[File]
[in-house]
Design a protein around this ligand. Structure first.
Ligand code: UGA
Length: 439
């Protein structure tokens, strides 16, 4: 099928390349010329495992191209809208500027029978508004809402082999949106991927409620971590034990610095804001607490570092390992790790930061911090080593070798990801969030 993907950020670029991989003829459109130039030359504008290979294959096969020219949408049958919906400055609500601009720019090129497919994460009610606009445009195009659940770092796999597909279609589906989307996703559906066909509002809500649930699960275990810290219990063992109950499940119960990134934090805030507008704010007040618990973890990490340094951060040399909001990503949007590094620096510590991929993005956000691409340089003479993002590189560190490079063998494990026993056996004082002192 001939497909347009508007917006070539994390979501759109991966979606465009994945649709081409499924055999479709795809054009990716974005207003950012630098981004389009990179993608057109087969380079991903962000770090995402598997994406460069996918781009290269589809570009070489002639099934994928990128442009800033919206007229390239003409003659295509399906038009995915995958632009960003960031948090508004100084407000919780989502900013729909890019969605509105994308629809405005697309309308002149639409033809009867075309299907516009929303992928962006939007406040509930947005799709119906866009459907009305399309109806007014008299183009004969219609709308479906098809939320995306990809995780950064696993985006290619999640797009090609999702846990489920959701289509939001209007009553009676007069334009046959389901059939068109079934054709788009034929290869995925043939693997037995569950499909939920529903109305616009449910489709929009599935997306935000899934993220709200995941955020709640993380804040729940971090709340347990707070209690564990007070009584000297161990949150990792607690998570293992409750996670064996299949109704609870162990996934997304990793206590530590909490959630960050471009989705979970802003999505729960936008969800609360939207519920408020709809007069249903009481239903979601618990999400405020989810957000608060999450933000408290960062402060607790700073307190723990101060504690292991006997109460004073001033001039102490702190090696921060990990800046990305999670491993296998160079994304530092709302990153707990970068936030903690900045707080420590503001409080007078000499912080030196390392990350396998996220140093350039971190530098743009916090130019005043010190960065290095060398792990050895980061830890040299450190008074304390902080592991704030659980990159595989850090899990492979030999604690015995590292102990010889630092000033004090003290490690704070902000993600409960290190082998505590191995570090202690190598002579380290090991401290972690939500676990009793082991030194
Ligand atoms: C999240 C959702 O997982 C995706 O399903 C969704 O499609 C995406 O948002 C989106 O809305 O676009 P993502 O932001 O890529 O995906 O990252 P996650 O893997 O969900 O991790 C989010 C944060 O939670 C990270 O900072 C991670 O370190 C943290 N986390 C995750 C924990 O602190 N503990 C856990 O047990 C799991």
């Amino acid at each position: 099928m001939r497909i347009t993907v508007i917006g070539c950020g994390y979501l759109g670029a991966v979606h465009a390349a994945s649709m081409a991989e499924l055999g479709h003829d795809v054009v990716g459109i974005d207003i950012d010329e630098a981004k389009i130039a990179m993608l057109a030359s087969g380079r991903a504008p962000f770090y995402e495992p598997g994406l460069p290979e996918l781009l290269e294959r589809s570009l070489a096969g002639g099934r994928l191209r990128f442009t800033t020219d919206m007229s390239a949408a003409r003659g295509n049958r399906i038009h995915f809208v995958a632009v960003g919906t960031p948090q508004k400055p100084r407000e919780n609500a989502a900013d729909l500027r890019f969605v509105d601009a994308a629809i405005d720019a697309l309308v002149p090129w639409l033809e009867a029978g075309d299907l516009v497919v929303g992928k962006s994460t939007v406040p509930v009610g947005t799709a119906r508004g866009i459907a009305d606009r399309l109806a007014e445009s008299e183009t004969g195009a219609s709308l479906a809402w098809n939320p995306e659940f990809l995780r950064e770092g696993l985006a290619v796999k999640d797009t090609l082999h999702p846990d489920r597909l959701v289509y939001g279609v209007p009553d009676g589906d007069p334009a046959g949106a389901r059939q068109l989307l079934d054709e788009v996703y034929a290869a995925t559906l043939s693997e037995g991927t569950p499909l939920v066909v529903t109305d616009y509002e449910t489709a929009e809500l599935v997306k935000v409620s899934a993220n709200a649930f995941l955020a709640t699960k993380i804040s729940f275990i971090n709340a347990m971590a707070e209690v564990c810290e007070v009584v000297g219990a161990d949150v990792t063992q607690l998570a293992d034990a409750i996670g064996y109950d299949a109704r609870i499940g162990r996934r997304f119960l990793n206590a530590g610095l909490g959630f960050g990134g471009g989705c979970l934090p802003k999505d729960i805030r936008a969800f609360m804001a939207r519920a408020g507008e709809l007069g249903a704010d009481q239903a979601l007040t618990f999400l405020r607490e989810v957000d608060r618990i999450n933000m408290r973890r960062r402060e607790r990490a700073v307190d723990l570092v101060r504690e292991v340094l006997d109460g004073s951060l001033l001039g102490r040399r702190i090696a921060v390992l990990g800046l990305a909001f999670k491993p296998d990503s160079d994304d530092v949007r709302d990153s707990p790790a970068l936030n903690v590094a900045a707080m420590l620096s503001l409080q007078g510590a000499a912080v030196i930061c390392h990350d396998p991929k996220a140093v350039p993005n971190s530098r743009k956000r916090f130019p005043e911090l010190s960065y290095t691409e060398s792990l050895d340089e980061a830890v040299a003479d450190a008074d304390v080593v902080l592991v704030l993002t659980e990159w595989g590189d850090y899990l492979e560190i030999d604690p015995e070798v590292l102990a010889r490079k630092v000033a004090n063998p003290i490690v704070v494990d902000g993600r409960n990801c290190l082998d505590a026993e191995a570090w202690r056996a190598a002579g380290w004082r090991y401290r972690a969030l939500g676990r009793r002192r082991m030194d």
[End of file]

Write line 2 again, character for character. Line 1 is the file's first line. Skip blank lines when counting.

Design a protein around this ligand. Structure first.